The Towers of Power
On the distant plain, rippled by the relentless equatorial heat, a tall figure stands alone.
Draped in an earthen-red shuka, his long and lean body appears to be carved from pure muscle. His textbook anatomy, finely honed to defend his cattle from predators and his family from all evil, announces his life as a warrior. He is a Maasai, someone his god Ngai has entrusted to protect the earth and all his beloved cattle. And despite or perhaps because of the encroachment of a “civilized” world, this mighty Maasai stands a silent vigil. Only he can protect his tribe’s rich culture and magnificent customs from a fast changing world.
Who Are These Maasai?
The legend taught by Maasai parents in their native language Ol-Maa to the next generation says they are a tribal people who migrated from the North for, in that land, feed was scarce and rivers often dry. As their god’s chosen defenders of cattle, the Maasai fled with their herds to the South in search of greener pastureland.
Scientists concur with the legend and identify the Maasai as a Nilo-Hamitic people with typically tall body types and handsome facial features. Anthropologists believe their migration to this region happened around the 16th Century. Once the warriors reached the fertile plains between Mt. Kilimanjaro and Lake Victoria, they stopped their wandering. This area, to the Maasai, was considered to be close to their god Ngai for they viewed the snowcapped peak of Mt. Kilimanjaro to be the home of the gods.
Twenty distinct groups of Maasai live scattered over an 80,000-square-kilometer area of Kenya and Tanzania, and count a total population of approximately 125,000.
Cattle and Kraals
Maasai live a communal life in protected compounds known as kraals. As man is unfortunately on the African wildlife food chain, this compound must serve as a safe haven during the long and frightening nights. Mud and dung huts are assembled in a rather large circle that is then enclosed with a perimeter of sharp thorn bushes. The cattle and the Maasai enjoy the safety of this kraal when its only gate is tightly closed at nightfall.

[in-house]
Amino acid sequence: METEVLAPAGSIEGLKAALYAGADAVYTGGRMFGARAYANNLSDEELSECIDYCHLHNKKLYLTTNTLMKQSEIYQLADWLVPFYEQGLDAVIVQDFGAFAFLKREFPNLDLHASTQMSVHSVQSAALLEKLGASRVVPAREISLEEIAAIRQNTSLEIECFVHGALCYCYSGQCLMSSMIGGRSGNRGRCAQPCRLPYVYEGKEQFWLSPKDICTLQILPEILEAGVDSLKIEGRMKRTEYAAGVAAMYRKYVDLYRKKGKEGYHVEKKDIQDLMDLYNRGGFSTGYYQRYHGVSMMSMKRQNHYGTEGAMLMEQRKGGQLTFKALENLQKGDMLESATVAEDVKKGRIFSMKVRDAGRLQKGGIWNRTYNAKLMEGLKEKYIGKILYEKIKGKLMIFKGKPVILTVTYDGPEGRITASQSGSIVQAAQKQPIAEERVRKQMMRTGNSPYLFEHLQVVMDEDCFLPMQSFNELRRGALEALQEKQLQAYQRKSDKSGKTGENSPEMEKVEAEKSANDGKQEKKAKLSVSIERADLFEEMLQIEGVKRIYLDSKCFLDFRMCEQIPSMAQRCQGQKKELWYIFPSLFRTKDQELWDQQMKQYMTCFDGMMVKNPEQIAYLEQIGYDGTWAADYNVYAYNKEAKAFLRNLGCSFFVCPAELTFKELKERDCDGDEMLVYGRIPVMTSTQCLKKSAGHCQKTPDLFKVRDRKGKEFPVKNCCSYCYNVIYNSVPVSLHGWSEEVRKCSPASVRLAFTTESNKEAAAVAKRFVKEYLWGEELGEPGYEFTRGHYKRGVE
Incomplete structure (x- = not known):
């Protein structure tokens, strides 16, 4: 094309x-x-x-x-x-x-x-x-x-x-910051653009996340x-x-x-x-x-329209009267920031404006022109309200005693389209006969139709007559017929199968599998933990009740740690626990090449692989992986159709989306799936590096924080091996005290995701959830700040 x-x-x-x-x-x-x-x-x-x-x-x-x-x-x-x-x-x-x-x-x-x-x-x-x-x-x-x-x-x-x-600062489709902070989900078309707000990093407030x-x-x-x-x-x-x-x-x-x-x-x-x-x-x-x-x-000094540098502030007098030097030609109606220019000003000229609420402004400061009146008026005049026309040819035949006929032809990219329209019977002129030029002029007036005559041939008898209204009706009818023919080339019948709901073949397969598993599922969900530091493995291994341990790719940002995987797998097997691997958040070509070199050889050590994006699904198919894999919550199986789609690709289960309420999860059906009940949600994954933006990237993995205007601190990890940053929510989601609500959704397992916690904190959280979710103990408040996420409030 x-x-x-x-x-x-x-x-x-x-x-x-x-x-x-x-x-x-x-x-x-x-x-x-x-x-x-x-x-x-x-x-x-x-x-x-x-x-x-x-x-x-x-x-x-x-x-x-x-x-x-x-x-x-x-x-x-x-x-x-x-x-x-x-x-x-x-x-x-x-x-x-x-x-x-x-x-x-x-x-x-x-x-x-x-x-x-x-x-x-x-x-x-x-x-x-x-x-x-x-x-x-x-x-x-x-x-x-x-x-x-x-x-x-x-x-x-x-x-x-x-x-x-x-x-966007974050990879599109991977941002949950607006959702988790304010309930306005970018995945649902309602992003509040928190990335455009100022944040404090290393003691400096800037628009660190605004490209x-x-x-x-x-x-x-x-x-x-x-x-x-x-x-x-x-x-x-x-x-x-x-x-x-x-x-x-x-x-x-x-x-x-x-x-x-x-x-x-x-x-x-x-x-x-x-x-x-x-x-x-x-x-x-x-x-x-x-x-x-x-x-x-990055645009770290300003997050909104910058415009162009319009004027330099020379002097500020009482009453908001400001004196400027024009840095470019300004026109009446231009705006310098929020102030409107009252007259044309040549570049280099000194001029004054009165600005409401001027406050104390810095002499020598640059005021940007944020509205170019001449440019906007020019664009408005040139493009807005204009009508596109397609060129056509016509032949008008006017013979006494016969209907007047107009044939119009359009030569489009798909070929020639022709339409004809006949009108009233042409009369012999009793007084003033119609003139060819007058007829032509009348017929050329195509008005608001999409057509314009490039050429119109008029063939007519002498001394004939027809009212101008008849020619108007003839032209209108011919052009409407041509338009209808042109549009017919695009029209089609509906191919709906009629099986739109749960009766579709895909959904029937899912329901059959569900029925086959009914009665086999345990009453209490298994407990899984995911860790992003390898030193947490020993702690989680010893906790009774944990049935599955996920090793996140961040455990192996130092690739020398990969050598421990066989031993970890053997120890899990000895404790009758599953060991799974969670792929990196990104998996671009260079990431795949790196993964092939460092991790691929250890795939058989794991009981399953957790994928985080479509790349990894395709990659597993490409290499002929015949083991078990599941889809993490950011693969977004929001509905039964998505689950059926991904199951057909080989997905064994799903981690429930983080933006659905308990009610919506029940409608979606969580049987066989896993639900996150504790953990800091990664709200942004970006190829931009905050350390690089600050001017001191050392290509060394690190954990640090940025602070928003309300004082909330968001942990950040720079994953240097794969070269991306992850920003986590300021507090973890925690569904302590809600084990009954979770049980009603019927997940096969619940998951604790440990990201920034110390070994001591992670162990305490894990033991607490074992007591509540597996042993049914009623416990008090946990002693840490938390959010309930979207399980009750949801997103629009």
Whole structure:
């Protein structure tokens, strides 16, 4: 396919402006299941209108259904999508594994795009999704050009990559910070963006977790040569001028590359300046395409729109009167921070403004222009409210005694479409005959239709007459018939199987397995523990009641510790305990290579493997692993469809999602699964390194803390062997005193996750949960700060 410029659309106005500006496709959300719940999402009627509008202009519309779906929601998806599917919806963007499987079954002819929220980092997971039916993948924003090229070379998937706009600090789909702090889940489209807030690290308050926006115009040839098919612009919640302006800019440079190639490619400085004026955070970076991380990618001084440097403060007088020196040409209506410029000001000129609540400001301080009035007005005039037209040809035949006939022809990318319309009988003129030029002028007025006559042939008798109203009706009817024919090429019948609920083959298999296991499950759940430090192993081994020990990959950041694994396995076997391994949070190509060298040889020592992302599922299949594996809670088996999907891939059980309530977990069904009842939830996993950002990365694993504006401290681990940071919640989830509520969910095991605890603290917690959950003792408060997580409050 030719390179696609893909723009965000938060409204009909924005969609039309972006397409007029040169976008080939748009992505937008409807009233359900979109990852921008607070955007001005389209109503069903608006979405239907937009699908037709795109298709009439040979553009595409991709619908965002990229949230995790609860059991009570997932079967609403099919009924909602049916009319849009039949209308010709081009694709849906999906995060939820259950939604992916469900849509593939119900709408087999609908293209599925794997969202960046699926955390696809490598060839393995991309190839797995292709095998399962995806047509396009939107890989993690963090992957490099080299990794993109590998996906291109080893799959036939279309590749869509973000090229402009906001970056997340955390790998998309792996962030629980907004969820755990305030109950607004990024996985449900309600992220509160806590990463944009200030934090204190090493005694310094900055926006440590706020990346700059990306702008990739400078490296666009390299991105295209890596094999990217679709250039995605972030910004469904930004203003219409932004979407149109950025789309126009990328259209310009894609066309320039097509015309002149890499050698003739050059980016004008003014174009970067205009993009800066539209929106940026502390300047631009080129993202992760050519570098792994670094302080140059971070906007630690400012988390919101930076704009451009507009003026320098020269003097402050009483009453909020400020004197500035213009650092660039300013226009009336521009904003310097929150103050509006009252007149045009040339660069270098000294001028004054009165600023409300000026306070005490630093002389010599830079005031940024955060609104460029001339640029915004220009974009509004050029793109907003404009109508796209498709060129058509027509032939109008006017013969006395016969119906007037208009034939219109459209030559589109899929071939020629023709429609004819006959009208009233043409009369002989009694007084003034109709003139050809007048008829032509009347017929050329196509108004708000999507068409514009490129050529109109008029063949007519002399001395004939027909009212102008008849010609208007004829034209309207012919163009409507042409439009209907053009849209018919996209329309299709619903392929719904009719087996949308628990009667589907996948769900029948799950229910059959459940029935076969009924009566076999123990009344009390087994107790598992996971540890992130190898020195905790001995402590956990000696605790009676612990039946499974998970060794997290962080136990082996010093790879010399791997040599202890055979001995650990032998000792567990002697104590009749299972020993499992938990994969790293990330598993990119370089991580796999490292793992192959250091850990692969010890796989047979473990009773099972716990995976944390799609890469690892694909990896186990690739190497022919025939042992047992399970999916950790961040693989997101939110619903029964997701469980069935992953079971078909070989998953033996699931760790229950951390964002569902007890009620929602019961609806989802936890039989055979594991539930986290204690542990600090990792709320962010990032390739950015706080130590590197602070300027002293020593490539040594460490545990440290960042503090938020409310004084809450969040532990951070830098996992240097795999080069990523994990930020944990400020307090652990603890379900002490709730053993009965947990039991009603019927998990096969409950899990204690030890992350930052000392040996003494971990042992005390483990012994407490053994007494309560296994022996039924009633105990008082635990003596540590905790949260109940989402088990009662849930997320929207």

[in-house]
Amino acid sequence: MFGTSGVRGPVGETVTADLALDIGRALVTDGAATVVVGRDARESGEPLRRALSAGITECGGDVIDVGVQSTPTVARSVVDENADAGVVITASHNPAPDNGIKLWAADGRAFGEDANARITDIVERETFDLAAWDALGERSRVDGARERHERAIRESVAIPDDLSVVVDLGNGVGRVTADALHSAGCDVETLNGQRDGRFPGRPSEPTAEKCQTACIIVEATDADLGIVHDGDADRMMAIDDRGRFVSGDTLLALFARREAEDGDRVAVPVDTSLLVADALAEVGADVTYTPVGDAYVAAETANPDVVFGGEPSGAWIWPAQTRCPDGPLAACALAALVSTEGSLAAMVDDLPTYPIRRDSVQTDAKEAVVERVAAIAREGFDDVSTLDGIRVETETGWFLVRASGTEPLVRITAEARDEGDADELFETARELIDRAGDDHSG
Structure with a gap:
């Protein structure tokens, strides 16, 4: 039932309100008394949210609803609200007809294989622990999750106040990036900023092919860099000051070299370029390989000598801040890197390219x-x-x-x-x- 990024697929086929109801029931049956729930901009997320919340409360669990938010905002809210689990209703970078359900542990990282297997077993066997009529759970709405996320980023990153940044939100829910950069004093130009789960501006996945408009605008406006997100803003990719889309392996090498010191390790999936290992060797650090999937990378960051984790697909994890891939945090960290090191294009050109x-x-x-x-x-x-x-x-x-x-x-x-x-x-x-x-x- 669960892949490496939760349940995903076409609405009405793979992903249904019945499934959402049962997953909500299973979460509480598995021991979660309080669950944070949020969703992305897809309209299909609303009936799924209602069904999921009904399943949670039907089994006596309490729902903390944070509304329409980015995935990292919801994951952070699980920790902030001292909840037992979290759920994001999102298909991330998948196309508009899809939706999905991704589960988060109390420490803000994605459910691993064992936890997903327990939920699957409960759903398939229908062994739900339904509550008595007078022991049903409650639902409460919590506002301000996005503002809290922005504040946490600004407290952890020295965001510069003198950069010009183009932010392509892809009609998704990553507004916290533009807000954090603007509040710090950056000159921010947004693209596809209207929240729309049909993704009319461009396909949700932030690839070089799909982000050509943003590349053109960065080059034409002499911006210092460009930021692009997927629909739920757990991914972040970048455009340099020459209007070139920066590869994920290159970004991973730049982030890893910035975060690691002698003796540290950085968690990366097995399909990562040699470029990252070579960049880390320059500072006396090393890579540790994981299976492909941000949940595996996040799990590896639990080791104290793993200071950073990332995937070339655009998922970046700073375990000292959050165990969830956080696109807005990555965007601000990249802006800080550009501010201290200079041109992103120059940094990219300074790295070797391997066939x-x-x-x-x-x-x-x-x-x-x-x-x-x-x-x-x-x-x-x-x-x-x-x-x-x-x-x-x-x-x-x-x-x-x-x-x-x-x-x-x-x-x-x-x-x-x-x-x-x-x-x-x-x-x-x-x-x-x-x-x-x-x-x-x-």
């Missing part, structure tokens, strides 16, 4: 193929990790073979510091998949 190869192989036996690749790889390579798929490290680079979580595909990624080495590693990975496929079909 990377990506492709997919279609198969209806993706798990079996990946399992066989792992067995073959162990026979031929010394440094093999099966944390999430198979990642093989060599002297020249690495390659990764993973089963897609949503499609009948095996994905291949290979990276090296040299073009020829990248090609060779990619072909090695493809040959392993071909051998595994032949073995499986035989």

Women tend to the compound and the children, who are a source of great joy for the Maasai. Men spend their days caring for the cattle herds, flocks of sheep, and rangy goats. No cultivation of the earth is permitted for the Maasai believe the earth is sacred and no man should be so bold as to scar the earth.
The Maasai feed entirely off their cattle… its blood (osage), milk (kule), and meat (inkiri). Cattle signify great wealth and are coveted for their prized horns, which can reach several feet across.
Becoming A Warrior
At approximately 14 years of age, a young Maasai boy takes part in an ancient ritual initiating him into manhood. Having reached the status of “Junior Warrior”, he then may proudly call himself a Moran. He joins other Moran in a separate living compound known as a Manyatta. While here, he and the others prepare for a life as “Senior Warriors” when they may own cattle and take a wife. Today, “Junior Warriors” are no longer required to demonstrate their courage by killing a lion armed with only their bare hands, an empere spear, and the elogo shield that has been painted with images of the warrior’s past brave deeds.
The Moran also practice their extraordinary dancing skills where they chant and leap to great heights while standing stick strait arms at their sides.
Beads and Body Decoration
Maasai men are adorned head to toe with ochre-and-sheep-fat body paint. When preparing for battle, their paint patterns are menacing and threatening. During times of peace, the designs are intended to attract a potential mate. The women, in turn, lavishly drape themselves in beaded necklaces, headgear, brass armbands, and bracelets. This jewelry is even more dramatic because the women’s heads are shaved while the men grow their hair long then braid their locks in a beautiful pattern. Weighted earrings elongate everyone’s earlobes and the women’s shoulders are draped in red, the Maasai’s favorite color.
Today, as civilization marches on to the beat of the Internet, the Maasai must decide whether to adapt and how. Though they now are well educated, many often return to their tribes after their schooling to continue this legacy granted them by their god Ngai. The Maasai believe that they alone have been entrusted to protect the earth and the life-giving cattle grazing upon it and take this task serious. Yet with each passing day their task grows more and more daunting.